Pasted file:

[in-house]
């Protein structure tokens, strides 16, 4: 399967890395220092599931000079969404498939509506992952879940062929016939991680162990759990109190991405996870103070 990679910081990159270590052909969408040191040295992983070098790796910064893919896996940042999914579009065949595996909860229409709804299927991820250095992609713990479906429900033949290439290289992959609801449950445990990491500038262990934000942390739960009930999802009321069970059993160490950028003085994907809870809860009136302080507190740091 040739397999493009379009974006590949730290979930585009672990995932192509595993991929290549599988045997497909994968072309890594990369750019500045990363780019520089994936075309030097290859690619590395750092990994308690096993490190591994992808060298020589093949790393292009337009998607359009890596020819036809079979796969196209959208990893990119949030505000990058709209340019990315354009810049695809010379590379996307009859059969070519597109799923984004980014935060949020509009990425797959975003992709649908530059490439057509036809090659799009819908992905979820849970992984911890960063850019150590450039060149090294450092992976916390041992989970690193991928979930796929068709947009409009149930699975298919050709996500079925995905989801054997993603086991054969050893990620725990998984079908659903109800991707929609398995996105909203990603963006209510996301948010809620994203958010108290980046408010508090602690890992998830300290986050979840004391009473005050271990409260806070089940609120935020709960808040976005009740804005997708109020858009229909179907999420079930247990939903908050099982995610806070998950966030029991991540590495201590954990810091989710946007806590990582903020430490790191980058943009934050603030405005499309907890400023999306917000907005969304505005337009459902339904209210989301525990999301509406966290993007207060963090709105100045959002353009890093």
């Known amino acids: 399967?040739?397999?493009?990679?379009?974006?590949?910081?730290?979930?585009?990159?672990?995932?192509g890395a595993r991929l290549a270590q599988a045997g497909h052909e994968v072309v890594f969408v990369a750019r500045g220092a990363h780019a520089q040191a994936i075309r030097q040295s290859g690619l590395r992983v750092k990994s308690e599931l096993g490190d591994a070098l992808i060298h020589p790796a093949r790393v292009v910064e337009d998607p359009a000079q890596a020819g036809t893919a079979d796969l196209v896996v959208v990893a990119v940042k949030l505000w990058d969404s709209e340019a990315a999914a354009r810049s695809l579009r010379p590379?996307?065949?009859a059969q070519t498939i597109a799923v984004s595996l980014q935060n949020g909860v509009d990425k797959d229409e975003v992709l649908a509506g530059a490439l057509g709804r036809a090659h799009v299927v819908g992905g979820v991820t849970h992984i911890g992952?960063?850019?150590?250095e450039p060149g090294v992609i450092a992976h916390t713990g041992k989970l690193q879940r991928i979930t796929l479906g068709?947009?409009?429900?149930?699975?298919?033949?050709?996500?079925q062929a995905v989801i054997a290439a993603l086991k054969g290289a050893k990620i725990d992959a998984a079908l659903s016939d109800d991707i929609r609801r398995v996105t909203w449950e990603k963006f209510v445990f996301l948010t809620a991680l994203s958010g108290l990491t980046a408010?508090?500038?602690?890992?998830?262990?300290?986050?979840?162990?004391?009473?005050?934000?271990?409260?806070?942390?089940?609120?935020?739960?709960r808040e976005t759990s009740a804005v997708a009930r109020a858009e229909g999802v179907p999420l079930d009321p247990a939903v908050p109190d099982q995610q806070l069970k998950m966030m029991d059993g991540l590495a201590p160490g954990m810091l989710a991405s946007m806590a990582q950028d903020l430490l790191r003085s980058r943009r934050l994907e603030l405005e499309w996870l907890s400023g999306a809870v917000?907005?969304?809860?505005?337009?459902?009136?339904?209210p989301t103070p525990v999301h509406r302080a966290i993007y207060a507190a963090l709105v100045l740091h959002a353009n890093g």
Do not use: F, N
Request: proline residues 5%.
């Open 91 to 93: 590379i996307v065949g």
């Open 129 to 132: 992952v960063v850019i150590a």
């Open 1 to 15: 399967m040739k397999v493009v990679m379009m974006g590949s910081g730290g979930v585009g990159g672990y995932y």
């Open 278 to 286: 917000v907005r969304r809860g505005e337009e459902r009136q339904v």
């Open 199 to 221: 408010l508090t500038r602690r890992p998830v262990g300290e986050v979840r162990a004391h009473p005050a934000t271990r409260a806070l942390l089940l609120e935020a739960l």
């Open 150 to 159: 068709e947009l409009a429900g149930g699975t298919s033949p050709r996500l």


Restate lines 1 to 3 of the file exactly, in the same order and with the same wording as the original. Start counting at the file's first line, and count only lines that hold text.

[in-house]
């Protein structure tokens, strides 16, 4: 399967890395220092599931000079969404498939509506992952879940062929016939991680162990759990109190991405996870103070 990679910081990159270590052909969408040191040295992983070098790796910064893919896996940042999914579009065949595996909860229409709804299927991820250095992609713990479906429900033949290439290289992959609801449950445990990491500038262990934000942390739960009930999802009321069970059993160490950028003085994907809870809860009136302080507190740091 040739397999493009379009974006590949730290979930585009672990995932192509595993991929290549599988045997497909994968072309890594990369750019500045990363780019520089994936075309030097290859690619590395750092990994308690096993490190591994992808060298020589093949790393292009337009998607359009890596020819036809079979796969196209959208990893990119949030505000990058709209340019990315354009810049695809010379590379996307009859059969070519597109799923984004980014935060949020509009990425797959975003992709649908530059490439057509036809090659799009819908992905979820849970992984911890960063850019150590450039060149090294450092992976916390041992989970690193991928979930796929068709947009409009149930699975298919050709996500079925995905989801054997993603086991054969050893990620725990998984079908659903109800991707929609398995996105909203990603963006209510996301948010809620994203958010108290980046408010508090602690890992998830300290986050979840004391009473005050271990409260806070089940609120935020709960808040976005009740804005997708109020858009229909179907999420079930247990939903908050099982995610806070998950966030029991991540590495201590954990810091989710946007806590990582903020430490790191980058943009934050603030405005499309907890400023999306917000907005969304505005337009459902339904209210989301525990999301509406966290993007207060963090709105100045959002353009890093």
């Known amino acids: 399967?040739?397999?493009?990679?379009?974006?590949?910081?730290?979930?585009?990159?672990?995932?192509g890395a595993r991929l290549a270590q599988a045997g497909h052909e994968v072309v890594f969408v990369a750019r500045g220092a990363h780019a520089q040191a994936i075309r030097q040295s290859g690619l590395r992983v750092k990994s308690e599931l096993g490190d591994a070098l992808i060298h020589p790796a093949r790393v292009v910064e337009d998607p359009a000079q890596a020819g036809t893919a079979d796969l196209v896996v959208v990893a990119v940042k949030l505000w990058d969404s709209e340019a990315a999914a354009r810049s695809l579009r010379p590379?996307?065949?009859a059969q070519t498939i597109a799923v984004s595996l980014q935060n949020g909860v509009d990425k797959d229409e975003v992709l649908a509506g530059a490439l057509g709804r036809a090659h799009v299927v819908g992905g979820v991820t849970h992984i911890g992952?960063?850019?150590?250095e450039p060149g090294v992609i450092a992976h916390t713990g041992k989970l690193q879940r991928i979930t796929l479906g068709?947009?409009?429900?149930?699975?298919?033949?050709?996500?079925q062929a995905v989801i054997a290439a993603l086991k054969g290289a050893k990620i725990d992959a998984a079908l659903s016939d109800d991707i929609r609801r398995v996105t909203w449950e990603k963006f209510v445990f996301l948010t809620a991680l994203s958010g108290l990491t980046a408010?508090?500038?602690?890992?998830?262990?300290?986050?979840?162990?004391?009473?005050?934000?271990?409260?806070?942390?089940?609120?935020?739960?709960r808040e976005t759990s009740a804005v997708a009930r109020a858009e229909g999802v179907p999420l079930d009321p247990a939903v908050p109190d099982q995610q806070l069970k998950m966030m029991d059993g991540l590495a201590p160490g954990m810091l989710a991405s946007m806590a990582q950028d903020l430490l790191r003085s980058r943009r934050l994907e603030l405005e499309w996870l907890s400023g999306a809870v917000?907005?969304?809860?505005?337009?459902?009136?339904?209210p989301t103070p525990v999301h509406r302080a966290i993007y207060a507190a963090l709105v100045l740091h959002a353009n890093g």